So you and your child have decided it’s time for her to make the trek to school on her own. Kudos! It’s kinder to the environment than catching a ride, plus daily walking or biking is a big health boost. But does your child know how to stay safe on the way to school?
Stranger abduction may be one of a parent’s biggest fears, but the reality is the risk on the way to school is tiny. Still, your kid needs to know the basics. “The number one rule is never go anywhere with anyone without a parent’s permission,” says Samantha Wilson of Kidproof, an international child safety organization based in Vancouver. Your child should keep his distance from cars, especially if a driver stops to talk, and should travel in a pack if possible, with at least one cellphone for the bunch. “The buddy system does work, as long as one of the children is capable of making a safe choice,” says Wilson.
Walk the route with your child and point out houses or businesses well known to you, where he can seek help if he gets a bicycle flat or is concerned about a stranger.
Teach your child to use an intersection or crosswalk for getting across the street, and to do it properly: No darting out or cutting corners. She needs to wait until the traffic stops, and make eye contact with drivers before stepping out. Your child should walk, not ride, her bike or skateboard across streets. “Otherwise, you may not be able to stop or change your direction [quickly], or you could fall off your bike in front of a moving car,” says Constable Brian Palmeter of the Halifax Regional Police.
Watch what your child wears when he’s biking to school: He should have bright clothing, secure footwear (no flip-flops or slip-on sandals) and a helmet that fits. Check for dangling dangers, such as backpack straps, shoelaces or pant legs that can get caught.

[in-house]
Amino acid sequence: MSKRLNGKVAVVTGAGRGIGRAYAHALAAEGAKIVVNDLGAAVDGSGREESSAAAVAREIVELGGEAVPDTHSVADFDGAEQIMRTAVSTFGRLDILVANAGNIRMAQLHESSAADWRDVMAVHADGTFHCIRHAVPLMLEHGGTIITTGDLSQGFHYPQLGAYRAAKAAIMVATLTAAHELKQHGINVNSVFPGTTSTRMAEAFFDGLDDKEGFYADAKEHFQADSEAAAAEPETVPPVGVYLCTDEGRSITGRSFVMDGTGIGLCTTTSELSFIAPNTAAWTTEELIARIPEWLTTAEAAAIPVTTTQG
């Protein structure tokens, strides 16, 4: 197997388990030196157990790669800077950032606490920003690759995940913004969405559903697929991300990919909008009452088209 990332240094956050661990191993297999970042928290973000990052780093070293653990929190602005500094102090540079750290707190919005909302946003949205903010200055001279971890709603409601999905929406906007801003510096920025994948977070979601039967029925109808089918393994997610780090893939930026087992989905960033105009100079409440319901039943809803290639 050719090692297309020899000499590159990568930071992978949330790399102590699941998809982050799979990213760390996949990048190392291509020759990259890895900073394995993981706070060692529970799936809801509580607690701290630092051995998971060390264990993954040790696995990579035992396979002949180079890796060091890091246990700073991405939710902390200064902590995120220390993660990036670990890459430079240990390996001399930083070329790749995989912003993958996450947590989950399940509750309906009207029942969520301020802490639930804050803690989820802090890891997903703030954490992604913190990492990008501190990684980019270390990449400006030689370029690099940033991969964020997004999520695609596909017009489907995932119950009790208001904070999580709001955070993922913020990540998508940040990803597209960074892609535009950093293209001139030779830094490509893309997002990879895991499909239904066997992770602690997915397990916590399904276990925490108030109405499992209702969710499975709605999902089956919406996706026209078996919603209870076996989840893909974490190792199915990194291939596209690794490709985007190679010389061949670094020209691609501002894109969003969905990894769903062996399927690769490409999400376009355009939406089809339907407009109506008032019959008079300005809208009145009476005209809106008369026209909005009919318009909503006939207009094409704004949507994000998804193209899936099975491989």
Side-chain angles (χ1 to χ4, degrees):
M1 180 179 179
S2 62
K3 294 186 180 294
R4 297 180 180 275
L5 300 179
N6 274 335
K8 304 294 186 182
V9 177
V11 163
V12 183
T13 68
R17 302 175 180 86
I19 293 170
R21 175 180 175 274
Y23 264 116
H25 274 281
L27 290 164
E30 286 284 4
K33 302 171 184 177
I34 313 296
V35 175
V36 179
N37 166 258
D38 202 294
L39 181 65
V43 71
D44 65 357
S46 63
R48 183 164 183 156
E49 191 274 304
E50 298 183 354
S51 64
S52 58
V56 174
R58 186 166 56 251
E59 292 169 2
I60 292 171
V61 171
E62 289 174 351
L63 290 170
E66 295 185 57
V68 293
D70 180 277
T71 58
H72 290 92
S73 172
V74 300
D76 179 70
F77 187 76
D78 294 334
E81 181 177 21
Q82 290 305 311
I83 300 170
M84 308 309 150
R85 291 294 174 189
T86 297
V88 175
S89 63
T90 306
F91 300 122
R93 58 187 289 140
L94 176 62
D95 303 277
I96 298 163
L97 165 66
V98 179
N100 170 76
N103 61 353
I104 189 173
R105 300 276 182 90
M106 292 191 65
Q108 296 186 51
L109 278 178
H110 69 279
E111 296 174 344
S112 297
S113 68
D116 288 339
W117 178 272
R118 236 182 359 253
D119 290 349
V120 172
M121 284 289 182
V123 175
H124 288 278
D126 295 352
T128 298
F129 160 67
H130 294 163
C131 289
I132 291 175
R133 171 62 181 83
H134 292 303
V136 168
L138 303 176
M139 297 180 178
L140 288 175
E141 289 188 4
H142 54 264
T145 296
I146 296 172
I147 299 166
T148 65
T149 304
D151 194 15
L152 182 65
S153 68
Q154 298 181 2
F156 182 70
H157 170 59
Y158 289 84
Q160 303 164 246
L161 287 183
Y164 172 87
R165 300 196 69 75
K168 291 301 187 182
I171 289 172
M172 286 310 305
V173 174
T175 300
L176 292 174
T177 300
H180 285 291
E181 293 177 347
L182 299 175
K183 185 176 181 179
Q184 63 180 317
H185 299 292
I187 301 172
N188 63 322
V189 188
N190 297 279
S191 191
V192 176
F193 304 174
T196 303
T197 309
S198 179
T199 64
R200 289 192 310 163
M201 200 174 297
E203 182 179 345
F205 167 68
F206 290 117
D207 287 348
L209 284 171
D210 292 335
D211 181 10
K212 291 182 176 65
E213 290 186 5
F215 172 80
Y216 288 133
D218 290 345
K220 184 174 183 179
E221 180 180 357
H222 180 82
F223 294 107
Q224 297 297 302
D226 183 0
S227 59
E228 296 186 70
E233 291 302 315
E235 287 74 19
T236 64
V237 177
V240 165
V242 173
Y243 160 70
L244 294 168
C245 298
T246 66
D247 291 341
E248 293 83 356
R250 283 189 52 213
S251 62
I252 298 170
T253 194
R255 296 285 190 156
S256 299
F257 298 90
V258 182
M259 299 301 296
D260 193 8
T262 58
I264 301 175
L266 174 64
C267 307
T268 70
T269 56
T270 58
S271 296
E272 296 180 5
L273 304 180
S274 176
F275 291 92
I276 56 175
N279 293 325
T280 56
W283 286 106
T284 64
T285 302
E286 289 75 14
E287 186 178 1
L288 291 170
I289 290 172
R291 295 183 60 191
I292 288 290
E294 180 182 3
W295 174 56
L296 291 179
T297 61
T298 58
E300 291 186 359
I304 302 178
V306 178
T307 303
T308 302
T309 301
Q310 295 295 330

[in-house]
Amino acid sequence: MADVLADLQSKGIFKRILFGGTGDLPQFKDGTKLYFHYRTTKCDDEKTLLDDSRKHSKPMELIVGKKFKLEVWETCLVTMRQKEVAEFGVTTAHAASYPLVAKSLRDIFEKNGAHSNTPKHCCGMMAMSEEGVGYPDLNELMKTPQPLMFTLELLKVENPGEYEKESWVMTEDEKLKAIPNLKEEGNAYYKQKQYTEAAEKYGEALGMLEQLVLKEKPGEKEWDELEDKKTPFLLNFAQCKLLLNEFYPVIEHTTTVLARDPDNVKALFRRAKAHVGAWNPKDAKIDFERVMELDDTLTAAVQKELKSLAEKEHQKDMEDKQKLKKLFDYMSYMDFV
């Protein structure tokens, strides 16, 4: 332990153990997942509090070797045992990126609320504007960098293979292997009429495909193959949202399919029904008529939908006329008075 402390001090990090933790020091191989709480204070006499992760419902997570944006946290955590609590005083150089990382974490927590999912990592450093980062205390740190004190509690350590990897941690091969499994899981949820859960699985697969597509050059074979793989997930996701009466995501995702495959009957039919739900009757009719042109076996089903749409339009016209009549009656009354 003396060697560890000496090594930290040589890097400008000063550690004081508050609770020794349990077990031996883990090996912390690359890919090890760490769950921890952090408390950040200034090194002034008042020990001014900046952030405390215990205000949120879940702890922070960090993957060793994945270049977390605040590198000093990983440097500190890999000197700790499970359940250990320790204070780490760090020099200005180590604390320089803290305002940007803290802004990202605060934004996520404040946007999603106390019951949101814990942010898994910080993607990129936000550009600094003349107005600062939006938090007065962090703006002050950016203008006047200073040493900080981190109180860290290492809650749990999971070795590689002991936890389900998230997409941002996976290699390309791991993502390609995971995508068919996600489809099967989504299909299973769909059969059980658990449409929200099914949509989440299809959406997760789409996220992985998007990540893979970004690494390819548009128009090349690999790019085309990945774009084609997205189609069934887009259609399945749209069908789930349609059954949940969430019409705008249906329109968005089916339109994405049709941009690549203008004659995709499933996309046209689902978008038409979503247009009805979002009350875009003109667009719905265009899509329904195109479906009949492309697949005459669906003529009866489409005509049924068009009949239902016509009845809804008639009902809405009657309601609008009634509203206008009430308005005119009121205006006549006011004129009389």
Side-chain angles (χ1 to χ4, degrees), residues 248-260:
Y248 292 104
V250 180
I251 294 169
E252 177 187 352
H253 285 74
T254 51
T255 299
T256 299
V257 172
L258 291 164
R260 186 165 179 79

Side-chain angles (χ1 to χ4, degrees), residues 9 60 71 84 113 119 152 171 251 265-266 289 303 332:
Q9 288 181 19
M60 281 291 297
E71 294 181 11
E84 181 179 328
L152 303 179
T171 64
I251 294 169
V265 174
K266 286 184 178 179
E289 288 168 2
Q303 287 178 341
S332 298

Street safety also depends on your child being alert to her surroundings, so make sure she’s not distracted by an MP3 player or hindered by a sweatshirt hood when she heads for school.
“It’s important for parents to know what company transports their children and what the route number is,” says Jane Wilkinson, of Lindsay, Ont. She’s the regional safety manager for First Student, an international bus company. “If the child doesn’t get off at the right stop or is left behind at school, and the parent calls, they assume we know what bus their child is on.”
Your child should beat the bus to the stop by a few minutes, so he’s visible and off the road when it arrives. And he should be at enough of a distance to see the driver’s eyes — especially important when he gets off and crosses in front of the bus.
Students on the bus must stay seated and facing forward, with feet out of the aisles and arms away from windows. “The seats are designed as little padded compartments,” says Wilkinson. If kids sit properly, they’ll be safer if the driver brakes or turns quickly.
If you’re still trying to decide whether your child is old enough to undertake the journey on his own, you’ll have to be the judge of that. Experts agree that there’s no “right” age and it depends on a number of factors, such as his maturity, the traffic, and whether there are crossing guards on the route.